Chinese companies have expressed great interest in bidding for Bangladesh’s proposed second nuclear power plant.
Two Chinese companies – Dongfang Electric Corporation and China State Construction Engineering Corporation – have started huge lobbying with the Bangladesh Atomic Energy Commission to bag the deal.
They said that the government conceived the second nuclear power plant in 2014, but was yet to seek any expression of interest from foreign companies or finalise a site.
The country’s first nuclear power plant is under construction at Rooppur in Pabna with over $12 billion in financial and technical assistance from Russia.
The first of the two reactors is expected to be commissioned in 202.
In 2017, during Prime Minister Sheikh Hasina’s Delhi visit, Bangladesh signed three agreements with India for ‘cooperation in peaceful use of nuclear energy ‘ , including one for exchange of technical information in regulation of nuclear safety and radiation protection and another between the Bangladesh Atomic Energy Commission and India’s Global Centre for Nuclear Energy Partnership (GCNEP) on “cooperation regarding nuclear power plant projects in Bangladesh”.
The GCNEP is a nuclear research and training centre currently near New Delhi.
But India has been slow to respond to the proposed second nuclear plant in Bangladesh, despite its reservations about growing Chinese footprint in Bangladesh.
Top Bangladesh officials said that some other Chinese companies, including Guangdong Nuclear Power Group, were making queries about the second nuclear power plant, though its site was yet to be finalized.
Science and technology secretary Anwar Hossain said that they were considering extending the duration of the site selection programme by six months.
Bangladesh Atomic Energy Commission chairman Mahbubul Hoq has admitted to local mediapersons here that Dongfang Electric Corporation officials met him about two months ago and expressed their interest in the proposed nuclear power plant.
‘I told them that the project was in a very early stage’, Hoq is believed to have said.
He said that they were considering finalising the site from one of the four locations — Gangamati in Patuakhali, Mazher Char in Barguna, Boyar Char in Noakhali and Muhurir Char in Feni.
Gangamati may finally be picked up over the three other sites following the government’s plan to modernise Patuakhali’s coastal zone by a deep sea port and a naval base.
On April 7, China State Construction Engineering Corporation submitted a written proposal to the commission expressing its willingness to ‘undertake the 2nd NPP in Bangladesh’.
Mahbubul Hoq said that they were yet to respond to the proposal made by the Chinese company which had been responsible for the construction of the first Chinese nuclear power plant, Daya Bay, in 1987.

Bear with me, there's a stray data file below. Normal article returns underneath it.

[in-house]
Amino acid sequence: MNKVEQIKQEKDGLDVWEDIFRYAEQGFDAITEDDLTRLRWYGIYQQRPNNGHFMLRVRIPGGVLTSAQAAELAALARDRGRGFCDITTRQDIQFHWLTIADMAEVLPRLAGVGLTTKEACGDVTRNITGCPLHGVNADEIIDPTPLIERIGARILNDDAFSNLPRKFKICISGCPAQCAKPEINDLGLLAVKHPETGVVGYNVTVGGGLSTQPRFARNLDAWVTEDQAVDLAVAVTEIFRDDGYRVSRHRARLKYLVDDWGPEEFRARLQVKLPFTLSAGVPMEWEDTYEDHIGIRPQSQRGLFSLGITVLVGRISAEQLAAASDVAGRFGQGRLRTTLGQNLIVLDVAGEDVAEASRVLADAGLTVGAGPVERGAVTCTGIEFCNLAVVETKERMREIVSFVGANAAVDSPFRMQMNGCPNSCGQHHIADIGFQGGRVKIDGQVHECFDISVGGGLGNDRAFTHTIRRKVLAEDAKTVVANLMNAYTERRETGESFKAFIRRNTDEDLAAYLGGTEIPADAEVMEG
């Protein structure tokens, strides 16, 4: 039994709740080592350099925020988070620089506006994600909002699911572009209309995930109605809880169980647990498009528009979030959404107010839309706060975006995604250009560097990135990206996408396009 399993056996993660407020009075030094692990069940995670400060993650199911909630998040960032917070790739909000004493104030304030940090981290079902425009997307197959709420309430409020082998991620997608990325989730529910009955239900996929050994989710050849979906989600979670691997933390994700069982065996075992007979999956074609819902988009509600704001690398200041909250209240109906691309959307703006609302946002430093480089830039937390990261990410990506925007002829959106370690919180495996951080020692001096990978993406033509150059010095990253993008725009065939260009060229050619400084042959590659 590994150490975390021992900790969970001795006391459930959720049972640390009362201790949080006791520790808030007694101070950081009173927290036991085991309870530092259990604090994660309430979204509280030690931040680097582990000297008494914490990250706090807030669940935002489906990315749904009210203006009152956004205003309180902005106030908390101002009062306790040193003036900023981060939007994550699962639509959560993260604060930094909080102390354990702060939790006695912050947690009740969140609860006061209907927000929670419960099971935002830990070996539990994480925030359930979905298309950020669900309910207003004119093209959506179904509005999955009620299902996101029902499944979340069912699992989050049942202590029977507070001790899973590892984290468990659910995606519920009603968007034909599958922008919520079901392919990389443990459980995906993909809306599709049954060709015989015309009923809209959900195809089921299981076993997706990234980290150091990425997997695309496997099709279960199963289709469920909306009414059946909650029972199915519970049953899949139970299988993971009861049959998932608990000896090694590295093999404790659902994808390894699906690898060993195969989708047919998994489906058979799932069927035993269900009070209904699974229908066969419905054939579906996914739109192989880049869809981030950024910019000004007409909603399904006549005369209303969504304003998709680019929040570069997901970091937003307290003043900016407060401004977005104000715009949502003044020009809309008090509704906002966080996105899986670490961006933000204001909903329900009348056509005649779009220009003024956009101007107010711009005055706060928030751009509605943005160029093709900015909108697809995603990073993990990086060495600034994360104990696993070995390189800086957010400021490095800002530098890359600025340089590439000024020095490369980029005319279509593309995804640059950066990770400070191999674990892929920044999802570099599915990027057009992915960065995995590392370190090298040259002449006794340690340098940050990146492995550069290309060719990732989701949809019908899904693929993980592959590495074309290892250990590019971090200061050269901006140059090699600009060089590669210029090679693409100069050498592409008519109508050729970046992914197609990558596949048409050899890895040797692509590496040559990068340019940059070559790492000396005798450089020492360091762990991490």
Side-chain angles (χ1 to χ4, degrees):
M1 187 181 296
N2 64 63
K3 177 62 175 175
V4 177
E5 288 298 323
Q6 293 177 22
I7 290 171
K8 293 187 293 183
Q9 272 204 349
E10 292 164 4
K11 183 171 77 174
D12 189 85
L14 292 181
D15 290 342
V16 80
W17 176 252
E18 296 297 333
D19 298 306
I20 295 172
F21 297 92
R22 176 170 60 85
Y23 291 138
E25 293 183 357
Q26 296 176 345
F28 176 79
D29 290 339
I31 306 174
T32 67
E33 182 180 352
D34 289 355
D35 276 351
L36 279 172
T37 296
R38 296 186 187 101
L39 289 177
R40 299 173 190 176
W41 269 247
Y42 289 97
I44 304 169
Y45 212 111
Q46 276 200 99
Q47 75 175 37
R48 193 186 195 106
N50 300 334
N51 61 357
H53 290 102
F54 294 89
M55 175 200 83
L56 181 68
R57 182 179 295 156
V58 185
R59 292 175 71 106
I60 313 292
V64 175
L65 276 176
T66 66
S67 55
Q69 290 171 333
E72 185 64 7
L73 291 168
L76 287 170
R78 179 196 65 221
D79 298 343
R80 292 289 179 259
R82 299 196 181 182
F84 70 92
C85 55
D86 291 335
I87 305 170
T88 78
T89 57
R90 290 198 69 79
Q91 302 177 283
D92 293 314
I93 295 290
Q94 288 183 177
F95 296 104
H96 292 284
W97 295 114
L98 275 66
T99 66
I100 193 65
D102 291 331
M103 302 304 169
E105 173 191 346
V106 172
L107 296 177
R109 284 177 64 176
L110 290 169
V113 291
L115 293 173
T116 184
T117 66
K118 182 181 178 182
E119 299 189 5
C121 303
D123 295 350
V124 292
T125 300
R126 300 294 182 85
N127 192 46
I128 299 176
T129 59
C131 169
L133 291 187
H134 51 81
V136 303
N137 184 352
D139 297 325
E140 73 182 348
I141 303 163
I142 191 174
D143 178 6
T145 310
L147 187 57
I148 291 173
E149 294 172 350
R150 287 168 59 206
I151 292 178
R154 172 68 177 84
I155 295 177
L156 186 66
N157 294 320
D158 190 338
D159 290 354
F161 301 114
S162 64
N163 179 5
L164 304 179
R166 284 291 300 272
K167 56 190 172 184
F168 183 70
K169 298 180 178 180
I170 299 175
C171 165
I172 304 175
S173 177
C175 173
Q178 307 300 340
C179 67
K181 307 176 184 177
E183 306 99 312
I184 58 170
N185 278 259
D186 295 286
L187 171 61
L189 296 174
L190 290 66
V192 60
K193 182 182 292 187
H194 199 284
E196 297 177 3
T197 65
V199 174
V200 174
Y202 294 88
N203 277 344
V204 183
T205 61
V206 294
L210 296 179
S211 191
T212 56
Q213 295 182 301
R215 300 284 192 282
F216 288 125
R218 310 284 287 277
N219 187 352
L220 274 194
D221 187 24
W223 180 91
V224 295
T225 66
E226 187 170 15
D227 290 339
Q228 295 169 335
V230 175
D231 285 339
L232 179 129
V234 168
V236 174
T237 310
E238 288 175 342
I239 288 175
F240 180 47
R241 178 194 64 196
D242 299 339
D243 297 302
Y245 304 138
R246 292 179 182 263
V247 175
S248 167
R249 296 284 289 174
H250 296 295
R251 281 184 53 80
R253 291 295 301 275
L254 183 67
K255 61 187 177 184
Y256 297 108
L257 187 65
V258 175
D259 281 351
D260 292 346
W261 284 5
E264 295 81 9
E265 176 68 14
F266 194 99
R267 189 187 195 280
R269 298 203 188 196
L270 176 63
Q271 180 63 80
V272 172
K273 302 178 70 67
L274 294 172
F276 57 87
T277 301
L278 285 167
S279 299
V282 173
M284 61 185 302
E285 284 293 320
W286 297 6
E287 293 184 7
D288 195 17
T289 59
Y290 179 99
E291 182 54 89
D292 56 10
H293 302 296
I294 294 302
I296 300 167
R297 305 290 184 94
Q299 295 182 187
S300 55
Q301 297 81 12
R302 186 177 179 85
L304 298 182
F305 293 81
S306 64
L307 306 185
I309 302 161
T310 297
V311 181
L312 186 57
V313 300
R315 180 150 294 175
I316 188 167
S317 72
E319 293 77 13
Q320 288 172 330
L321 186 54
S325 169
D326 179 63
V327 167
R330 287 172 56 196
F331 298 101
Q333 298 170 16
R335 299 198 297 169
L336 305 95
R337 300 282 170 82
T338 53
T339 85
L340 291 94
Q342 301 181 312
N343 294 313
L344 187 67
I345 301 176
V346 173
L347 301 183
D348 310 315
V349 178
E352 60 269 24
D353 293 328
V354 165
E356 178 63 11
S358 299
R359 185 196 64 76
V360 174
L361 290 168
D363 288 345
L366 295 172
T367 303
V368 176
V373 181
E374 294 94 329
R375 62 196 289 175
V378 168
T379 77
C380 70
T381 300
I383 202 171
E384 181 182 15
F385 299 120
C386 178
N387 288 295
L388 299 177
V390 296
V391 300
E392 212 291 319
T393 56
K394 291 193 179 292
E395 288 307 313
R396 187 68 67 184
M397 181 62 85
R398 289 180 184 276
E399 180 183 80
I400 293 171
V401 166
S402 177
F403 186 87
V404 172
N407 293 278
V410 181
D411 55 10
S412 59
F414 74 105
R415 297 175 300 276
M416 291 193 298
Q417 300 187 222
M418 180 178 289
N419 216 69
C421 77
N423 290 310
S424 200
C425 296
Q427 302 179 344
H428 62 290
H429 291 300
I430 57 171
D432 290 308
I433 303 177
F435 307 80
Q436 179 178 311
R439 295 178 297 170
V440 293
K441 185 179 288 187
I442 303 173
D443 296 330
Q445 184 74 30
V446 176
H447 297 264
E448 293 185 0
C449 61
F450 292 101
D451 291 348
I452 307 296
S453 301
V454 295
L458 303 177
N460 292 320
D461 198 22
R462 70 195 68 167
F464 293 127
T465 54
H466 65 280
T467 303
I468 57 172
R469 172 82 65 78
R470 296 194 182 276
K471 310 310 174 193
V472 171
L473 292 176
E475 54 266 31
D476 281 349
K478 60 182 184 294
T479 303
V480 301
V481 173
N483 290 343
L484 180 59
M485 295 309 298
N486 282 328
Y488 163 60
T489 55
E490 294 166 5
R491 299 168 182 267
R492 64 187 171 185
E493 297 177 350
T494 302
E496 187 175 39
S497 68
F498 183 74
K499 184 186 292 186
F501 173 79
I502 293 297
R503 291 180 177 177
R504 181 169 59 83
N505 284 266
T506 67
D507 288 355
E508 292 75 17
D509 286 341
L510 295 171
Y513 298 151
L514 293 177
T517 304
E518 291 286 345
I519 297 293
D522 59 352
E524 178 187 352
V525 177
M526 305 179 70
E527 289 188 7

Officials said that the Chinese corporation promised ‘timely commencement and completion’ of the project against the backdrop of criticism that many projects, including Padma Multipurpose Bridge, implemented by Chinese companies in Bangladesh, have been hit by delays causing time and cost overruns.
Anu Muhammad , who heads the National committee to protect oil, gas, mineral resources, power and ports , told journalists that the government’s lack of transparency has encouraged the Chinese companies to bid for the second NPP project.
“They think they can win the project bid through backdoor manipulations,” Muhammed said, alleging a ‘nexus between locals and foreigners’ was influencing the government to undertake projects at inflated costs, which benefited corrupt politicians in the ruling party.
But though Atomic Energy Commission chief Mahbubul Hoq admitted the expression of interest by Chinese companies, Science and Technology secretary Anwar Hossain said his department was not aware of it.
‘May be the atomic energy commission is waiting’ until the project gets a concrete shape, he said.
Officials said that the government wanted to construct the second nuclear power plant in the coastal region to ensure availability of water.
For the first nuclear power plant at Rooppur, nearly 1,750 cubic metre of water would be fetched everyday from the nearby Padma River to cool the reactors, they said.
The atomic energy commission has also invited Japan Atomic Energy Agency to explore the possibility of building the proposed nuclear power plant with 2,000 MW power generation capacity.
Bangladesh’s rapid industrialization has made it desperate to augment power generation and the nuclear option was one under active consideration.